Fiat always has done things a little differently, and the North American–market 2016 Fiat 500 1957 Edition is a case in point. The original Fiat 500 was one of the world’s first true “city cars”, introduced in 1957 and continuing in production until 1975. Its stylish modern “Nuova 500” successor, which is based on the same platform as the Fiat Panda and Ford Ka, was introduced to the European market in 2007 and it finally made its way to North American shores for 2011. So far, so good.
The Fiat 500 1957 Edition was introduced in 2014 to celebrate the 57th anniversary of the popular and diminutive original, and it stuck around for 2015 and now for 2016 because, apparently, if there’s one thing better than a retro-styled car it’s a retro-styled car with extra retro touches. It’s available in only three colours, all suitably late-50s looking (a light olive green, a light blue, and a pale mint green).
Whether or not the 1957 Edition carries on into 2017 for the 500’s 60th anniversary remains to be seen, though it would seem somehow fitting. In the meantime, Fiat has been busy in the design studio, and for 2016 the company introduced a refreshed 500 with a good-looking new front fascia and grille, expressive new headlight design, funky new LED taillights, and a refreshed interior design.
Now at this point you may be looking at the photos and thinking, “Wait a minute, this Fiat 500 looks exactly like last year’s.” And that’s because my test car is a North American Fiat 500, and here in North America we don’t get any of the exterior changes, just the refreshed interior. Sigh.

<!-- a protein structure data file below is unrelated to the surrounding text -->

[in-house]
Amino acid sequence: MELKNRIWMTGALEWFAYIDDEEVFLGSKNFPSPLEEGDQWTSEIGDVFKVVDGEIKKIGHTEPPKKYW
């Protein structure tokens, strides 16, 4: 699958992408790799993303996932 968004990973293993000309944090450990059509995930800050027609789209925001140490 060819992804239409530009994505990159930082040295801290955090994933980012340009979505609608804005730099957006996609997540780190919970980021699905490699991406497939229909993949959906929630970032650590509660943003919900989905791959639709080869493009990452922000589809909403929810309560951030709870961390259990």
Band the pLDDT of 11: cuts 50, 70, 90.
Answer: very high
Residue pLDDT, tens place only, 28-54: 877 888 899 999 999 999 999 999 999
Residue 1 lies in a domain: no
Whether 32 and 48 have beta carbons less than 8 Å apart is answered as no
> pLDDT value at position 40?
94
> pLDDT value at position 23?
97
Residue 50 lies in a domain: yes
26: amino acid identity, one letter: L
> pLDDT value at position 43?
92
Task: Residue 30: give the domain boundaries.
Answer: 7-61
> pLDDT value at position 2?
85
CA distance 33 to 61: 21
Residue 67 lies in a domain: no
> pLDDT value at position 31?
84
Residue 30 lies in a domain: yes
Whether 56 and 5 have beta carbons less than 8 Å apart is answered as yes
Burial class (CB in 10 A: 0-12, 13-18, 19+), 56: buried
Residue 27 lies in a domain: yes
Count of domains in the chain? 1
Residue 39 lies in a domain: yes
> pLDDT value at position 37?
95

It’s not clear why the exterior changes didn’t make their way across the pond – fan forums suggest possibilities including difficulty obtaining U.S. approvals for the new lights, or excess stock of existing fascia panels at North America’s Toluca, Mexico plant (European 500s are built separately in Tychy, Poland). Still, North American buyers can console themselves with the fact that:
- The European exterior changes, while indeed nice, are quite subtle, so only the most observant of neighbours would have known the difference anyway.
- The bigger news is the refreshed interior, and we do get that.
Where the previous interior was all pushbuttons and pixellated orange LCD displays, and featured an awkward optional TomTom navigation system that plugged into the top of the dash if you wanted to know where you were going, the new interior gets a revised central dash panel with a five-inch UConnect touchscreen display mounted in a slightly bulbous pod, flanked by the central dash vents and featuring proper volume and tuning knobs (hooray!). All models except the base Pop model also get a new seven-inch driver information display in the centre of the speedometer, with digital gauges that run around the perimeter (the Pop retains analogue gauges).
Voice-activated GPS navigation is available in all but the Pop trim, and while the five-inch touchscreen is a little small for navigational duties, it gets the job done and is certainly a huge improvement over the previous TomTom setup. Fiat-Chrysler’s UConnect interface is decently intuitive, so connecting my phone and finding my way around the various infotainment functions proved easy and trouble-free.